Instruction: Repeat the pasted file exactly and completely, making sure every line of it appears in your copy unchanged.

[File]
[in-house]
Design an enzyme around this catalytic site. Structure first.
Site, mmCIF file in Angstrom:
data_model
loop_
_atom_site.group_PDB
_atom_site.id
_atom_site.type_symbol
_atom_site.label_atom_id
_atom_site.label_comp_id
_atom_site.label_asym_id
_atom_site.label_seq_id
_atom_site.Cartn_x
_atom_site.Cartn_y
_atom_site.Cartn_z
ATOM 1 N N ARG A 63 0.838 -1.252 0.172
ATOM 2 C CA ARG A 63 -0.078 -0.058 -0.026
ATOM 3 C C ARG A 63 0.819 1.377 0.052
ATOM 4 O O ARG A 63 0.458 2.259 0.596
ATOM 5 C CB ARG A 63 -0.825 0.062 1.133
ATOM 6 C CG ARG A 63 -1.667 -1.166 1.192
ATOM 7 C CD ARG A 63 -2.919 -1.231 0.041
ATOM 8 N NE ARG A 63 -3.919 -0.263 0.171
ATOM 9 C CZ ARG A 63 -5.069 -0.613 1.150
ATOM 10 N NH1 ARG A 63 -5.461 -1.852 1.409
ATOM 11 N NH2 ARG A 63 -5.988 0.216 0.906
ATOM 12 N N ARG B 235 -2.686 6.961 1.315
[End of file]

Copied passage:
[in-house]
Design an enzyme around this catalytic site. Structure first.
Site, mmCIF file in Angstrom:
data_model
loop_
_atom_site.group_PDB
_atom_site.id
_atom_site.type_symbol
_atom_site.label_atom_id
_atom_site.label_comp_id
_atom_site.label_asym_id
_atom_site.label_seq_id
_atom_site.Cartn_x
_atom_site.Cartn_y
_atom_site.Cartn_z
ATOM 1 N N ARG A 63 0.838 -1.252 0.172
ATOM 2 C CA ARG A 63 -0.078 -0.058 -0.026
ATOM 3 C C ARG A 63 0.819 1.377 0.052
ATOM 4 O O ARG A 63 0.458 2.259 0.596
ATOM 5 C CB ARG A 63 -0.825 0.062 1.133
ATOM 6 C CG ARG A 63 -1.667 -1.166 1.192
ATOM 7 C CD ARG A 63 -2.919 -1.231 0.041
ATOM 8 N NE ARG A 63 -3.919 -0.263 0.171
ATOM 9 C CZ ARG A 63 -5.069 -0.613 1.150
ATOM 10 N NH1 ARG A 63 -5.461 -1.852 1.409
ATOM 11 N NH2 ARG A 63 -5.988 0.216 0.906
ATOM 12 N N ARG B 235 -2.686 6.961 1.315